Khannouchi can conquer classy field

One of the attractions at the Flora London Marathon Exhibition this year is a cut-out of the defending champion, Abdelkader El Mouaziz, crossing the line. As in the best fairground traditions, there is a hole where the face should be, enabling any interested party to picture themselves as a champion.

If times achieved told the whole story, the cut-out on display at next year's Exhibition should be of Khalid Khannouchi, El Mouaziz's fellow Moroccan, who became the first man to beat 2hr 6min for the distance last October when he won at Chicago.

Khannouchi's performances in his only three marathons to date - he has finished first, second then first in the Windy City - have established him as a superstar within the event.

But as he toes the line for the 20th London Marathon tomorrow morning the main question about his preparation will relate to his mind rather than his body. How much will Khannouchi have been affected by his protracted, and acrimonious quest to adopt US citizenship in time to run at the Sydney Olympics? The bookies do not seem overly concerned - they have made the 28-year-old 6-5 favourite despite the presence of a field which, apart from the defending champion, includes the double winner Antonio Pinto, the European champion Stefano Baldini, the Kenyans William Kiplagat and Japhet Kosgei, and three hugely talented South Africans in Gert Thys, fourth on the all-time list, the Olympic champion Josiah Thugwane and Hendrick Ramaala, who makes his debut after twice finishing silver medallist in the World Half Marathon championship.

If Khannouchi does operate at less than peak efficiency, however, it may well be El Mouaziz who finds him out. After narrowly failing to run away from the field in 1998, the Moroccan succeeded last year and he has a lean and hungry look as he seeks to hang on to his title. And, unlike a number of his rivals, he is already free of worry over Olympic selection having secured his place already.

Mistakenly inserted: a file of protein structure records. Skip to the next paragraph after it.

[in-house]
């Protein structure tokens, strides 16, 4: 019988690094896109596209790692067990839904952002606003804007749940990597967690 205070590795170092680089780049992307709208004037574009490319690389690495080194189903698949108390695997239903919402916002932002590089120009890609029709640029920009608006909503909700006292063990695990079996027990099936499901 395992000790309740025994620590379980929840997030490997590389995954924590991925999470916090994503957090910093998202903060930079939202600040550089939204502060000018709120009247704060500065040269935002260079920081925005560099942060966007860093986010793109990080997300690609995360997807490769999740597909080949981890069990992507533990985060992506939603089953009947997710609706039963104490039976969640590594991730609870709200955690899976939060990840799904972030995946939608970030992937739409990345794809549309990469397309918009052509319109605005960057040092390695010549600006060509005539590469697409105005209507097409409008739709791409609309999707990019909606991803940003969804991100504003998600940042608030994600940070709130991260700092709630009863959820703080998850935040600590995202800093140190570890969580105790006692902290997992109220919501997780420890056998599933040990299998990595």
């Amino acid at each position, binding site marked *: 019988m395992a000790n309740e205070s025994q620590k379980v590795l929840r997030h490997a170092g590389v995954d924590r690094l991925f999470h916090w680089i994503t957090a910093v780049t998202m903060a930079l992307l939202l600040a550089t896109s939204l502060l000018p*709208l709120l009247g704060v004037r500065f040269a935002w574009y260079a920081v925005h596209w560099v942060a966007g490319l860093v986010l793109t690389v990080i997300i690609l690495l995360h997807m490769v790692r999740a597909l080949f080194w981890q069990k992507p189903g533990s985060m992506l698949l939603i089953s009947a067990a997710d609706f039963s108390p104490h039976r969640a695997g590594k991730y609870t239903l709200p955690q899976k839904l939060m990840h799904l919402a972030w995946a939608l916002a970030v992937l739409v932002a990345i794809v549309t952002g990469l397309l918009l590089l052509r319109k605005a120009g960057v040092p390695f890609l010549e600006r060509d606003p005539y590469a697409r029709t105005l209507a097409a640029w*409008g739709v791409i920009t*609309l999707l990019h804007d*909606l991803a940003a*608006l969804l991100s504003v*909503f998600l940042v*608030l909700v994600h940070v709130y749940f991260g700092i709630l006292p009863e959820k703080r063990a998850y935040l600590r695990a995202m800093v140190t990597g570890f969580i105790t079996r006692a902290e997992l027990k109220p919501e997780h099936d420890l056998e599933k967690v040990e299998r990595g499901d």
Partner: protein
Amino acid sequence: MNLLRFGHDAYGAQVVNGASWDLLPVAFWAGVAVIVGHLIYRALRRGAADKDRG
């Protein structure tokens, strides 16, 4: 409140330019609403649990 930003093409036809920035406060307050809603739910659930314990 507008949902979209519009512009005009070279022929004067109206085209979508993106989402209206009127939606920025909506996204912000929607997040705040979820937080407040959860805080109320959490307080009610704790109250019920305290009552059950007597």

Like El Mouaziz, who is 7-1 to win, the defending women's champion Joyce Chepchumba also finds herself down the betting, thanks to the presence of her friend and housemate, Tegla Loroupe, evens favourite in what will be her first London race.

On the same day Chepchumba collected a world record bonus for a women-only race from the London organisers, Loroupe ran two minutes faster in the mixed race in Rotterdam. Now the two Kenyans, who train together for half the year in Germany, will face each other for the first time in a marathon, and Chepchumba's record of 2:23.22 seems bound to be broken.

There will be no suggestion of a two-horse race, however, given the presence of Mexico's runner-up of last year, Adriana Fernandez, Romania's world bronze medallist Lidia Simon - who beat Loroupe in Osaka last year - and the debutant Fernanda Ribeiro, the 1996 Olympic 10,000m champion who is seeking to emulate the marathon feats of her fellow Portuguese runners, Rosa Mota and Manuela Machado.

Ribeiro's predecessor as Olympic 10,000m champion, Derartu Tulu, also has the potential to make an impact on the race in what will be her third marathon, but the first for which she has trained intensively.

Following injuries to Liz McColgan and Jon Brown, and the sadly premature retirement of Richard Nerurkar, no Briton looks capable of making an impact on the leading places in either race. But there will be a fascinating race-within-a-race between three debutants, Keith Cullen, Glyn Tromans and Mark Steinle, as they seek to secure an Olympic place by finishing as top Briton inside the qualifying time of 2hr 14min.

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